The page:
I was leading our group again the next day for our mere 7.9-mile hike to Stan Murray. We were just a few miles into the hike when we encountered the first of the balds, Hump Mountain. I am going to have difficulty explaining what it was like. You see, the morning had been cold, rainy, and thick with a gloomy fog. The sky was overcast, and as we climbed higher, the deeper into the clouds we went. As we came out of the woods onto the expanse of open grassland of the balds, we were completely encased in cold, wet fog. But as I arrived at the top of Hump Mountain, the clouds parted. I suppose I should say they lifted, but really they just whipped away on all sides like a curtain, and I could see everything. The beauty was overwhelming, with mountain range upon mountain range stretching in all directions as far as I could see, with beams of sunlight streaking through the clouds and illuminating the entire panorama. It literally made me gasp, and, you may think this sounds cheesy, but I actually began to cry. In that moment, I had a little glimpse of God that I will never forget.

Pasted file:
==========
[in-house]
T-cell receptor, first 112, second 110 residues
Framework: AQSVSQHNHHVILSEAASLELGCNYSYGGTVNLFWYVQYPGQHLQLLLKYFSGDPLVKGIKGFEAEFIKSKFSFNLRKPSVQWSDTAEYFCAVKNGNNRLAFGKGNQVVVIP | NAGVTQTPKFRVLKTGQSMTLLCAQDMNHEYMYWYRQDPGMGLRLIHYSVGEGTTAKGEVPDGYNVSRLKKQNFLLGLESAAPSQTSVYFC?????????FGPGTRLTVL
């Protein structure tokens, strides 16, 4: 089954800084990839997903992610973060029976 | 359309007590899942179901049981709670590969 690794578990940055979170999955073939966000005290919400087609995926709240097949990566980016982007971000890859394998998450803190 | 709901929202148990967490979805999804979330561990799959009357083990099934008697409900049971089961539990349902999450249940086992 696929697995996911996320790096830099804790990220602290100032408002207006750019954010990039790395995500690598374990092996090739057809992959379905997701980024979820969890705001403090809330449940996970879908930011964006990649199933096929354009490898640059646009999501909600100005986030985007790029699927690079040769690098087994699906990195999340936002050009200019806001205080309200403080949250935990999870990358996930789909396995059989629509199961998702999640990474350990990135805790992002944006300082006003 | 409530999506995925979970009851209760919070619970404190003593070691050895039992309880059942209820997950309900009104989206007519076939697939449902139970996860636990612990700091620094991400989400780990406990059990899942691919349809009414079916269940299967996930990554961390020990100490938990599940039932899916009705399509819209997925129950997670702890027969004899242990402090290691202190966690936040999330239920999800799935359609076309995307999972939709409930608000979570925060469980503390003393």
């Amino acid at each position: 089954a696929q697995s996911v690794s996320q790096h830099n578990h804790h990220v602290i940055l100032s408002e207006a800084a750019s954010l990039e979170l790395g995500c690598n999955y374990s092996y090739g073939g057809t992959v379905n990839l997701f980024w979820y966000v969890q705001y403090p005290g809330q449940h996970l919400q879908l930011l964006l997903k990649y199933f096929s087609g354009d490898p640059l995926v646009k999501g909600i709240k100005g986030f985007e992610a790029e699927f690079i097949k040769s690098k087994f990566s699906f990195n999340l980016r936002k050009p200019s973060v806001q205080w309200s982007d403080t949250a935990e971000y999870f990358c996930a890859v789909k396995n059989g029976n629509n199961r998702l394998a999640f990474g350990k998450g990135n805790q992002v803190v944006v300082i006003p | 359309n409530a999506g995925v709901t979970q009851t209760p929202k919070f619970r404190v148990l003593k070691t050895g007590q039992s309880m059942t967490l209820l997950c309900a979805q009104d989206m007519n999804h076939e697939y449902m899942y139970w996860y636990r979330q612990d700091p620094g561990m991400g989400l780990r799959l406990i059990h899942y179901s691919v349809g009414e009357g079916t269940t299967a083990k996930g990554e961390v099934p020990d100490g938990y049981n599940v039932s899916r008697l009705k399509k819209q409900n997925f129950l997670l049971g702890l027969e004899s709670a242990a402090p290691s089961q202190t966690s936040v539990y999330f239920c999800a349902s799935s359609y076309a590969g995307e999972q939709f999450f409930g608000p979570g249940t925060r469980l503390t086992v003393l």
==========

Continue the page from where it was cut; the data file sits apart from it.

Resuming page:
Before I get to the last day, I have one last rodent story to tell. At Stan Murray Shelter, there are mice. How do I know this? Because one ran across my face while I was sleeping. I woke up with a shout, and Mr. Dan woke up and turned on his headlamp, saw nothing, and went back to sleep. I guess you could say I was a bit paranoid, because I kept my head out of my bag looking around, and then I saw it. It was less than a foot from my face and running right at me. This time I yelled even louder, and Mr. Dan, who was now laughing hysterically, again turned on his headlamp and saw nothing. The morning was spent wrapped in clouds, fog, and moisture all around, encasing us in a blanket of wetness and smoke that refused to rise upward from the fire. I suppose it would only have been moisture if we had not banded together to make a fire, which, in the middle of a cloud, is a lot harder than you might imagine, but being well trained we had beautiful flames in no time. The hike on this last day was once again glorious, up and onto the next set of balds at Roan Highlands. We reached our highest point of the hike (approx. 6300 feet) and were once again treated to a spectacular view, although somewhat muted by the heavy clouds, so tears were restrained. We hiked along the ridge toward our pick-up point, until only Mr. Dan and I remained on top of the very last bald. We talked about how the fields we were on would soon be covered with wildflowers and about the Rhododendron Festival, which would be taking place in the town of Roan Mountain. As we hiked the last tiny fraction down to the parking lot, I wondered, “Did I do enough?” “Had I cared enough?” I really don’t know, but if it is any indicator, I promise I’ll be back someday.